When is a man more than a man? When he’s a man with a moon for a head.
This is the basic premise of Moon, a comedy driven, action packed and astronomically silly comic book by writer Dan Thompson and artist Steve Penfold. The dynamic duo were recently promoting Moon at MCM London Comic Con in the heart of the UK capitol, so I took the opportunity to have a little chat with Steve about Moon and the indie comic scene.
What on Earth is Moon?
I asked myself this very question the very moment I caught eye of Dan and Steve’s table. The allure of a smartly dressed man with a moon for a head was simply too powerful for me to resist. It was naturally the first thing I asked Steve Penfold.
Moon? Basically Moon is–Well basically he drops out the sky in the early hours of the morning, puts on a suit, takes out a gun and fights ridiculous crime.
I’ve read over the first issue of Moon already and I can honestly say that’s all you need to know. Moon is the human embodiment of our own naturally formed satellite. He’s summoned in 12 A.D. into the body of a drunken Celtic druid to defend Britain from whoever and whatever might do her harm. Roughly 2,000 years later and Moon continues to come to Earth after a long night of hanging around in the sky and does what needs to be done to keep Britain safe.
An entertaining, albeit peculiar, idea to say the least. It’s safe to say that it’s not the kind of thing you’d see in more “mainstream” comics, and it’s certainly not what I expected to see when I entered MCM London Comic Con. But many of you may be wondering, just who is Moon written for?
Anyone. The appeal is actually very broad. The writer, Dan, is actually a comedy writer first and foremost, but he likes his stuff to appeal, so he doesn’t nesse–. He doesn’t like to write for any particular genre. So where maybe a lot of indies tend to be either highly sexualised or very violent and this sort of thing, the appeal with this [Moon], we can honestly say it’s a PG [“Parental Guidance”: a British and American movie rating]. There’s moderate violence, because he needs to be able to stop something, and there’s no point if there’s no threat, but yeah, it’s kid friendly, the humour is “Toy Story” stuff.
British Indie Comics: Does an Abundance of Sex and Violence Reduce Accessibility?
Penfold’s comments on the British indie comic scene do highlight the issue of accessibility of non-mainstream comics in general. Many independent comic creators have to think far out of the box if they’re ever to compete with the might of the comic industry encompassing Marvel and DC. Many such indie comics attempt to make their mark by offering graphic depictions of sex and violence. Of course, there’s nothing inherently wrong with that, but it can make it difficult to find something that’s genuinely fun amongst the many adult orientated indie comics out there.
Thompson and Penfold have recognised and embraced this conundrum, which has resulted in the creation of Moon. But what can Moon really offer us that can’t be found elsewhere?
Man with a moon for a head, first and foremost, and he’s on the front page! Basically, it’s a different kind of writing. It’s not self conscience in a lot of ways that maybe some of the other indies might be, we’re not trying to prove anything. All we’re really trying to do–. All we’re really thinking is, are you laughing, and do you think its cool, if you see what I mean. That’s literally the limit. Obviously the story line runs very well, Dan’s an excellent writer, but the basic premise is ‘are people enjoying it?’, and that’s–. It’s just fun.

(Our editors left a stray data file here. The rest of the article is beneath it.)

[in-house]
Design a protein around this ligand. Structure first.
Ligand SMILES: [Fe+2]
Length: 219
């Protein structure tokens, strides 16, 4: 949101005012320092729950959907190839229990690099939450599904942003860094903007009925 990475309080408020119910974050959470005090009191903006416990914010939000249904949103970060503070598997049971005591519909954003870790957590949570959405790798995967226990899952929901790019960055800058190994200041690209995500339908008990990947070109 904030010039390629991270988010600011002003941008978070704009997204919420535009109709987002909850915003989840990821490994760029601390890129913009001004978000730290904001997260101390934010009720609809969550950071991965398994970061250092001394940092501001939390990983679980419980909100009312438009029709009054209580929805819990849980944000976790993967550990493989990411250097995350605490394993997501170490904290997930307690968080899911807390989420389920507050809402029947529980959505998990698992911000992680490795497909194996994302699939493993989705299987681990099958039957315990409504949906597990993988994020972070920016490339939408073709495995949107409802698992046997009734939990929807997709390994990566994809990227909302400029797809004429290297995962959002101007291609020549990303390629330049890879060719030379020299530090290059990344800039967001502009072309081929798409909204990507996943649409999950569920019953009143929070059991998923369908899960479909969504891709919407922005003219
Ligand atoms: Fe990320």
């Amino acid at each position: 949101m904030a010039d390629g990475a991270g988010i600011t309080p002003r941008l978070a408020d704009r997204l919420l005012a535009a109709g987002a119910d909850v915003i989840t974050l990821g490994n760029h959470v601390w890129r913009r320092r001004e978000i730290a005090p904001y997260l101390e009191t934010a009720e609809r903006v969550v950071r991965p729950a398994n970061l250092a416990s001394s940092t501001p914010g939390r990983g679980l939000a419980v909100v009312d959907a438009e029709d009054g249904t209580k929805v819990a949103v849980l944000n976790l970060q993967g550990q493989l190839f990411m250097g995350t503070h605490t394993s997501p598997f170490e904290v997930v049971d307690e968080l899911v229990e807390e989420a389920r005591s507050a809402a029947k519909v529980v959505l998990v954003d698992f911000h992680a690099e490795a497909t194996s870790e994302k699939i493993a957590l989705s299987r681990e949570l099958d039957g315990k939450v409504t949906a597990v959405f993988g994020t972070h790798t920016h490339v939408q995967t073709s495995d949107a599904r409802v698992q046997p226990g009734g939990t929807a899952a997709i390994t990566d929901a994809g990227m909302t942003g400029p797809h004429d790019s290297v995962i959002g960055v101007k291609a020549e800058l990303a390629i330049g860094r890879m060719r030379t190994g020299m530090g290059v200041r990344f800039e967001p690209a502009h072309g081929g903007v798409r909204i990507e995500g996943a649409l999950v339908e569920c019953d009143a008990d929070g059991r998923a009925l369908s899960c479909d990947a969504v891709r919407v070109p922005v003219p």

“All we’re really thinking is, are you laughing, and do you think its cool.”
Thompson and Penfold are currently self-publishing Moon on their own indie comics label Beyond the Bunker. With the help of colourist Ivanna Matilla, Beyond the Bunker have put out two issues of Moon with a third issue in the works. Where can you find out more about Moon? The answer is quite simple.
Er, www.beyondthebunker.com, and that’s us. We should just call it moon.com, because it’s pretty much the only thing we’re releasing on it at the moment, but it’s–. Basically we update that on a weekly, semi-weekly basis. We used to do it, update it, every day, just got exhausting and we ran out of things to say. So there’s already a large, a bucket load of material on there to be able to have a look at. When you actually get there, there’s a lot to look at, but it’s updated, you know, semi-regularly, and we just keep people updated about when and where we’re gonna be.
The first two issues of Moon can be bought at whatever convention or expo Thompson and Penfold happen to be attending, but can also be purchased online via Comicsy. Updates on Moon news can also be found by following Thompson and Penfold on Twitter @BeyondtheBunker.
Thanks to Steve Penfold for taking the time to talk with me at MCM London Comic Con. It was a fun chat and I hope to meet him and Dan Thompson again in the near future. Hopefully Moon will continue to amaze in future issues. Watch this space,
Do you read independently produced comic books? What do you make of Moon? Were you at MCM London Comic Con? We’d love to hear from you so please leave a comment in the section below!